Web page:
Radek Špicar

 

“Let’s help ONE ANOTHER”

 

Radek Špicar, Vice-president for Economic Policy and Export at the Confederation of Industry

Radek Špicar currently occupies the position of Vice-President for Economic Policy and Export at the Confederation of Industry. His career to date includes unique experience in public administration, as well as the private and non-profit sectors. He served as secretary to the Deputy Prime Minister for the economy, was a member of top management at Škoda Auto, and was head of the Prague branch of the Aspen Institute think tank. I have known Radek since our student days, and we meet at gatherings of the Oxford and Cambridge Alumni Society. When I was looking for a person to appraise the current situation with a bird’s-eye view for the latest issue of Czech and Slovak Leaders Magazine, to offer a vision and at the same time bring together the Czech and international context, it was Radek who came to mind. Radek Špicar is married with two daughters. His wife works in municipal self-government.

Let’s go with a positive start. How did you celebrate New Year’s? What did you wish for the Czech Republic?

I celebrated at home with my family. It was the least I could do for the Czech health services and for the doctors working to the very limit in overcrowded hospitals for several months on end. And it was in that context that I wished for the Czech Republic to be able to experience New Year’s next year in the way we are used to: with friends in the mountains.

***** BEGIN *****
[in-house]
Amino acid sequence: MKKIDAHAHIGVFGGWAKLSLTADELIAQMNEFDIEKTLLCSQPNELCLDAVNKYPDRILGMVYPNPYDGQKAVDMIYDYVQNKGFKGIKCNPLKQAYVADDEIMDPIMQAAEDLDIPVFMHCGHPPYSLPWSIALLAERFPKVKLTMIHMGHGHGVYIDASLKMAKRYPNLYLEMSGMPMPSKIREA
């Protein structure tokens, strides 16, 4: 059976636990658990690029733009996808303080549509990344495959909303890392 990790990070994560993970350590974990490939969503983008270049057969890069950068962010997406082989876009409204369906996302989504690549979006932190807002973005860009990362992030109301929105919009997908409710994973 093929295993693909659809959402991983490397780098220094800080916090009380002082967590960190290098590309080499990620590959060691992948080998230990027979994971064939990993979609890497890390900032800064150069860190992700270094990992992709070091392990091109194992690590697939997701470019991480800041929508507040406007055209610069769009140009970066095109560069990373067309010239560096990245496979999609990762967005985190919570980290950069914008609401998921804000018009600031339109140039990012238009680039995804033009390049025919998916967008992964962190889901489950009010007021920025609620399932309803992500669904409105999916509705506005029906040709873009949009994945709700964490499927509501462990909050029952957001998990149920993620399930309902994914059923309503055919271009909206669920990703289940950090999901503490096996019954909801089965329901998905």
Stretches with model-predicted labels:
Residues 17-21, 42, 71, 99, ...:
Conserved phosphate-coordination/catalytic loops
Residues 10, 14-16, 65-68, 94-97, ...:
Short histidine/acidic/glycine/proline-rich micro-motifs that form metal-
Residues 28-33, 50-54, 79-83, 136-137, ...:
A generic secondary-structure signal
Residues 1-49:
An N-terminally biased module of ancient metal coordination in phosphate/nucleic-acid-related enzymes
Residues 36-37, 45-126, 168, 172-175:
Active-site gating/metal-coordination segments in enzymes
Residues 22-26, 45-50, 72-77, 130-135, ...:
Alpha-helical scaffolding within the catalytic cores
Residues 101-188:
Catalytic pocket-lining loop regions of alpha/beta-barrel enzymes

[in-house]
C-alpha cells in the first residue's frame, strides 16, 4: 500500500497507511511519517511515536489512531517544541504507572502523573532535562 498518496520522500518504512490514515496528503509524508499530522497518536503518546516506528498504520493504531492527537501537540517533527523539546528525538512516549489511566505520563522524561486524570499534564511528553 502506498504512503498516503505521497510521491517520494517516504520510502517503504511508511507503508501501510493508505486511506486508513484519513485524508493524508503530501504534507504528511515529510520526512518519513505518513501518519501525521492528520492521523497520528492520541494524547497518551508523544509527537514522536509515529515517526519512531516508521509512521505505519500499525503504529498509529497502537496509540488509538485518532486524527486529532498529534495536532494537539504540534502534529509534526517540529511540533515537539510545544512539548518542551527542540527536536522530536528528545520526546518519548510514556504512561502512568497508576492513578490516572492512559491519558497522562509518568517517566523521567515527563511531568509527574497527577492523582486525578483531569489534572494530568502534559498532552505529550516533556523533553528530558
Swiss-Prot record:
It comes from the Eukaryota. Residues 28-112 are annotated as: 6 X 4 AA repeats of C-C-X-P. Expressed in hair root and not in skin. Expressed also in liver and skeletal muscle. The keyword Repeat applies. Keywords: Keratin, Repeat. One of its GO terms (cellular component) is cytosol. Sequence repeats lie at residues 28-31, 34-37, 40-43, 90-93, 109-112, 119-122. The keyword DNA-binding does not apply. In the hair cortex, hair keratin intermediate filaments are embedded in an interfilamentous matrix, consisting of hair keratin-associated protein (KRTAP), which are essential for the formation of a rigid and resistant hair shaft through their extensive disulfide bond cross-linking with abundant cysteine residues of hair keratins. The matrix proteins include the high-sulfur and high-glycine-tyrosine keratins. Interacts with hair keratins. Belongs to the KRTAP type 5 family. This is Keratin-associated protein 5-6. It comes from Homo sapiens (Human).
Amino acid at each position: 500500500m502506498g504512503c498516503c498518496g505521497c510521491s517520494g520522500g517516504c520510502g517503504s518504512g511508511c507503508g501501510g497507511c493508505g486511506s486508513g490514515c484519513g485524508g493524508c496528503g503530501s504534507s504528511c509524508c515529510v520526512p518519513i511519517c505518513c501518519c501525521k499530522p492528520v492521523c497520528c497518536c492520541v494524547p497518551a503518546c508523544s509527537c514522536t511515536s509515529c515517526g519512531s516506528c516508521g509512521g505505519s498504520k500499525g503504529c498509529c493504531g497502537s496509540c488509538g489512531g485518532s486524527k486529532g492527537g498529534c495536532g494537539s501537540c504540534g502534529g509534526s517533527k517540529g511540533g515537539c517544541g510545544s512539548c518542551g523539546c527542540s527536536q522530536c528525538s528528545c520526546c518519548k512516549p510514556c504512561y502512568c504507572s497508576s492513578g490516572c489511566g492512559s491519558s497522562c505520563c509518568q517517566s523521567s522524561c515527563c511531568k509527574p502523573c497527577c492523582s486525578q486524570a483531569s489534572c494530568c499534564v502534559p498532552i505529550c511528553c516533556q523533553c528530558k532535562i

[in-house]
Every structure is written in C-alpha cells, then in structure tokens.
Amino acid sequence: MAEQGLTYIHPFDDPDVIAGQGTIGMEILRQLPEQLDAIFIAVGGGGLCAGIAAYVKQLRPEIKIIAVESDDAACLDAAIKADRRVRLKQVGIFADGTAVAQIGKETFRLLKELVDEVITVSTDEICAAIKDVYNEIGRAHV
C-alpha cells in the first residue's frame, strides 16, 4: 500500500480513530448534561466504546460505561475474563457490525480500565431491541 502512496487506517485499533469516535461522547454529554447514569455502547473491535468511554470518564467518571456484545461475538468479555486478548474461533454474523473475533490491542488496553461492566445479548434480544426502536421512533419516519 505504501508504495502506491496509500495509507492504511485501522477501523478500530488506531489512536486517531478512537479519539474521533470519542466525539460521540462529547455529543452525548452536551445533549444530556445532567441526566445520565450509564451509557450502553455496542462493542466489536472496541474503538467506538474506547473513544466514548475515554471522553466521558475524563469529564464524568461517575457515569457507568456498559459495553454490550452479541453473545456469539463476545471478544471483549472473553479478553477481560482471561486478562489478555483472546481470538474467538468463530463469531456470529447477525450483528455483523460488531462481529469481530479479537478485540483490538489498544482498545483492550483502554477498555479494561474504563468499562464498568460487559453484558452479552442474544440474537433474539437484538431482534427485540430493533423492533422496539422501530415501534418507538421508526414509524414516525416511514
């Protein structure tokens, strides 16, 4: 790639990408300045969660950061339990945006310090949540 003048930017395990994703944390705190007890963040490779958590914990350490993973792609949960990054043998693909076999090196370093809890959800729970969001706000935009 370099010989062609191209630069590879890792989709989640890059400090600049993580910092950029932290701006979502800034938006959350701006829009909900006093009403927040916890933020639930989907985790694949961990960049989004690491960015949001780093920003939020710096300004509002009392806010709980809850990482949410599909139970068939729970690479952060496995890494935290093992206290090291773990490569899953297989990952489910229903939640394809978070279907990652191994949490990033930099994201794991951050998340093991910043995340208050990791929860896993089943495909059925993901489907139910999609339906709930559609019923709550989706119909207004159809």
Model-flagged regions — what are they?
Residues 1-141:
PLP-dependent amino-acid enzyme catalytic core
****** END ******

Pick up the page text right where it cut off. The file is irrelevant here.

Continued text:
We will continue… surprisingly… with COVID-19. I will paraphrase the famous Czech film Pelíšky: I am just wondering where (our comrades) got it wrong? Since the first wave, I have yet to see any major shift in the communication or digitisation of public administration, or any greater willingness among businesses to send employees to a home office; protection of the elderly has failed, and over time face masks have started running out. How do you see the situation? Were we forced to repeat the lesson?

I see movement particularly in the private sector and industry. While the first wave surprised some companies and the epidemic situation forced them to stop production for an unprecedented length of time, they were much better prepared for the second wave. The summer months were not wasted and were used to introduce the principles of smart quarantine. As a result they are now able to test, trace and eliminate those infected. They don’t have to shut down operations like they did last year. That is one of the reasons I believe that industry will return to growth this year and will again be the driving force of the Czech economy.

Vaccination is now the top priority for us all. For the public sector to be able to cope with this, we have offered it assistance with a communication campaign that we consider to be inadequate, and our own vaccination capacities, which can help the state to speed up the process of vaccinating the population. From May, companies will be able to help the state with vaccination.